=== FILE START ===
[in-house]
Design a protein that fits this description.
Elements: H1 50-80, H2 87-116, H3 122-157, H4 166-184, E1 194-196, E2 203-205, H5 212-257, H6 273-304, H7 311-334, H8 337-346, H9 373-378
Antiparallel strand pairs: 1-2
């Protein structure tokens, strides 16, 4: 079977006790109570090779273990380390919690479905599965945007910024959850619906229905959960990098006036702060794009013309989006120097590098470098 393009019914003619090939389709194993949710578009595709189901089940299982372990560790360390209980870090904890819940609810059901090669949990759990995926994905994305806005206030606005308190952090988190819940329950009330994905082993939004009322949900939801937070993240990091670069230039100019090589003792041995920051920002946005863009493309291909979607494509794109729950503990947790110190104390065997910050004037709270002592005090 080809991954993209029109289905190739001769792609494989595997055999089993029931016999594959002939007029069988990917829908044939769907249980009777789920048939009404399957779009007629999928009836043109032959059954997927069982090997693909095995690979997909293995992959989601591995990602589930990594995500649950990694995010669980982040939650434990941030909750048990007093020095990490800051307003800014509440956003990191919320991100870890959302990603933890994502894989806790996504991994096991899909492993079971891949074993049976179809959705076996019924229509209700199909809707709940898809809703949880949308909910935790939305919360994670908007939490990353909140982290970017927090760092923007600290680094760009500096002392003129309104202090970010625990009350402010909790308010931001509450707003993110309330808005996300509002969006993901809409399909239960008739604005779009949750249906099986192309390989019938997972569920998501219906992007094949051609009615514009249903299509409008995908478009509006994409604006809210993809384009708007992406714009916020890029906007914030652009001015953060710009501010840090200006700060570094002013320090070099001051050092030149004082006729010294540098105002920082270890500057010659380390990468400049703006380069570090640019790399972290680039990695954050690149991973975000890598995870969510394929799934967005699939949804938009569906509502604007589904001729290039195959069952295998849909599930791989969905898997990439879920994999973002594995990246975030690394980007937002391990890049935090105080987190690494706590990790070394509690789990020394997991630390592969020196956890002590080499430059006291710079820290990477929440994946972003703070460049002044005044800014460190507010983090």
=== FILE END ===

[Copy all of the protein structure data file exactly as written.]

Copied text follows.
[in-house]
Design a protein that fits this description.
Elements: H1 50-80, H2 87-116, H3 122-157, H4 166-184, E1 194-196, E2 203-205, H5 212-257, H6 273-304, H7 311-334, H8 337-346, H9 373-378
Antiparallel strand pairs: 1-2
């Protein structure tokens, strides 16, 4: 079977006790109570090779273990380390919690479905599965945007910024959850619906229905959960990098006036702060794009013309989006120097590098470098 393009019914003619090939389709194993949710578009595709189901089940299982372990560790360390209980870090904890819940609810059901090669949990759990995926994905994305806005206030606005308190952090988190819940329950009330994905082993939004009322949900939801937070993240990091670069230039100019090589003792041995920051920002946005863009493309291909979607494509794109729950503990947790110190104390065997910050004037709270002592005090 080809991954993209029109289905190739001769792609494989595997055999089993029931016999594959002939007029069988990917829908044939769907249980009777789920048939009404399957779009007629999928009836043109032959059954997927069982090997693909095995690979997909293995992959989601591995990602589930990594995500649950990694995010669980982040939650434990941030909750048990007093020095990490800051307003800014509440956003990191919320991100870890959302990603933890994502894989806790996504991994096991899909492993079971891949074993049976179809959705076996019924229509209700199909809707709940898809809703949880949308909910935790939305919360994670908007939490990353909140982290970017927090760092923007600290680094760009500096002392003129309104202090970010625990009350402010909790308010931001509450707003993110309330808005996300509002969006993901809409399909239960008739604005779009949750249906099986192309390989019938997972569920998501219906992007094949051609009615514009249903299509409008995908478009509006994409604006809210993809384009708007992406714009916020890029906007914030652009001015953060710009501010840090200006700060570094002013320090070099001051050092030149004082006729010294540098105002920082270890500057010659380390990468400049703006380069570090640019790399972290680039990695954050690149991973975000890598995870969510394929799934967005699939949804938009569906509502604007589904001729290039195959069952295998849909599930791989969905898997990439879920994999973002594995990246975030690394980007937002391990890049935090105080987190690494706590990790070394509690789990020394997991630390592969020196956890002590080499430059006291710079820290990477929440994946972003703070460049002044005044800014460190507010983090």